One thing’s for certain — you’re determined and brave, two traits that come in handy for a writer (and, I presume, any resident of your town).

    Regarding adaptability, it’s essential for me as a mom who’s a writer, particularly because my little guy has special needs. He requires a lot of my attention when he’s home. I have to make the most of my time when he’s in school. I get about four good, straight writing hours a day. I try really hard to make sure I don’t waste that time. I’m not always successful (see my most recent blog post on this very subject).

    Reading and exercise? Hmm…does turning the pages vigorously count?

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    Melissa Crytzer Fry Reply:

    I laughed out loud at your comment about changing your pants. I STILL am. Isn’t he GORGEOUS, though? I admit there was a bit of a tense moment when I saw he was angrily flicking his tail. Turns out, he was just scared, because he then low-crawled down the driveway (funny to see the exact same mannerisms in these big cats as our house cats when they’re scared).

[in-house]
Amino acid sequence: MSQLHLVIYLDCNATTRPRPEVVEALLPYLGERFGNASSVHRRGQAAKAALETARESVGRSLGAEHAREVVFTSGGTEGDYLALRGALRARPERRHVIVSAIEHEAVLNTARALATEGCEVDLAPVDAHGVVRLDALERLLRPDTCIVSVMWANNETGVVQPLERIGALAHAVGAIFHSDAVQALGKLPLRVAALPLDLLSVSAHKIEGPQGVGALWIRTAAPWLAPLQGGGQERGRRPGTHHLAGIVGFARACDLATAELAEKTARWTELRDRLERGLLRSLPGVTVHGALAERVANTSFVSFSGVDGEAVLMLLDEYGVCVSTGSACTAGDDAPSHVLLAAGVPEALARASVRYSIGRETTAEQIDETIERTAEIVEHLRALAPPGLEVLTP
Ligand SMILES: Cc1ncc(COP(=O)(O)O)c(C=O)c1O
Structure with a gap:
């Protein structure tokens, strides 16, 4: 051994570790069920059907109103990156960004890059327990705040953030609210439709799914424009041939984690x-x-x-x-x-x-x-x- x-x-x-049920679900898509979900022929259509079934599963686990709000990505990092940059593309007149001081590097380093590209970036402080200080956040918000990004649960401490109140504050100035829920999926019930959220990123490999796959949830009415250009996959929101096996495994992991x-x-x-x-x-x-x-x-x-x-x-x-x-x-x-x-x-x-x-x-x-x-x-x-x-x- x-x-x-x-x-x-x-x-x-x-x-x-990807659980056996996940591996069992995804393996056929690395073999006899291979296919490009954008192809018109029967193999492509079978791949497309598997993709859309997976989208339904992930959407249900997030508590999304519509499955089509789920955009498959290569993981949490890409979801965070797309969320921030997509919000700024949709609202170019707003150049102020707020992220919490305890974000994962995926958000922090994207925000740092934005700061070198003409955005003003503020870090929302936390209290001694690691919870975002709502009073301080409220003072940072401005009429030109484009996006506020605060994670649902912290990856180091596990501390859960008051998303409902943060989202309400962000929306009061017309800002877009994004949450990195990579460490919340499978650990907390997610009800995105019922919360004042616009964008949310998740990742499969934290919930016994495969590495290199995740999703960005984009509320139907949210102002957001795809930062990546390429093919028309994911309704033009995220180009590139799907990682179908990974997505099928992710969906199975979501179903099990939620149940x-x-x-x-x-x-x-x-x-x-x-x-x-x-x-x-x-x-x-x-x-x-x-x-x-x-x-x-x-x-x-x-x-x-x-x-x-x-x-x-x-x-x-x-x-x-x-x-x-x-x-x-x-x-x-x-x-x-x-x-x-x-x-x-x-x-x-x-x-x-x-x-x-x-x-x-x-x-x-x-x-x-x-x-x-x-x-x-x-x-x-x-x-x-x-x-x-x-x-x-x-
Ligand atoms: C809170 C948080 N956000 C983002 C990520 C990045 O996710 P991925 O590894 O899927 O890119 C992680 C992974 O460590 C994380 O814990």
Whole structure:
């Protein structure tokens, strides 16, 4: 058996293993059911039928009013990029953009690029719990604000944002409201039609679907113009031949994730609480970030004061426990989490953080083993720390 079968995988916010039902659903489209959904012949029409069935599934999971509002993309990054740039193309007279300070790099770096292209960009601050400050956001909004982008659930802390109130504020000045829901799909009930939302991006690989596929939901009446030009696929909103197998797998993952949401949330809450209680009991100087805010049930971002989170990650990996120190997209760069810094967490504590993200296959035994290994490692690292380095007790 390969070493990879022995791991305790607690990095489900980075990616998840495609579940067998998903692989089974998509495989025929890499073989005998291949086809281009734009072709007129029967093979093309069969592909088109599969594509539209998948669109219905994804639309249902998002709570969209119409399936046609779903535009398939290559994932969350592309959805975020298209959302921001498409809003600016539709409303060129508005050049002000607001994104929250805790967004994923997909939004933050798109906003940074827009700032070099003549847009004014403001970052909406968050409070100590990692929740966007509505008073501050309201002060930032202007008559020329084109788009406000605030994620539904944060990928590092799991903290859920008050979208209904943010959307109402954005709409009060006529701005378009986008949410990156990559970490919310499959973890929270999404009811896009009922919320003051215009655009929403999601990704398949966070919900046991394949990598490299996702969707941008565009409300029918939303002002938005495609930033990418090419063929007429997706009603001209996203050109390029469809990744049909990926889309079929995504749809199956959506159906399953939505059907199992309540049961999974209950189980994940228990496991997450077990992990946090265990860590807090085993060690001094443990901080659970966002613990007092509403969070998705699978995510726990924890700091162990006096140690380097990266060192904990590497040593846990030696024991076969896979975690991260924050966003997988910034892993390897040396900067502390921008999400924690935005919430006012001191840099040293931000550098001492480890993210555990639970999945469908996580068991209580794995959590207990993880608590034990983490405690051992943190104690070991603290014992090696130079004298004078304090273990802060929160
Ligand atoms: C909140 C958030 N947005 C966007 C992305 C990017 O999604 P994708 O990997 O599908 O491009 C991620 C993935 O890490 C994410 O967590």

Yes, I would agree that determination and bravery are key to writing, aren’t they (not sure I’ve mastered either)? I admire your commitment to your writing and the four-hour “time wisely spent” mantra. That’s something I don’t always succeed at either.

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  • avatar Country Wife Says:

    the buddy system is the best! we have ML to think of here, but the other day, we came face-to-face with a badger. they don’t sound back compared to a ML, but they are vicious creatures. I was sooo thankful I didn’t have Tobi with me that day.

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    Melissa Reply: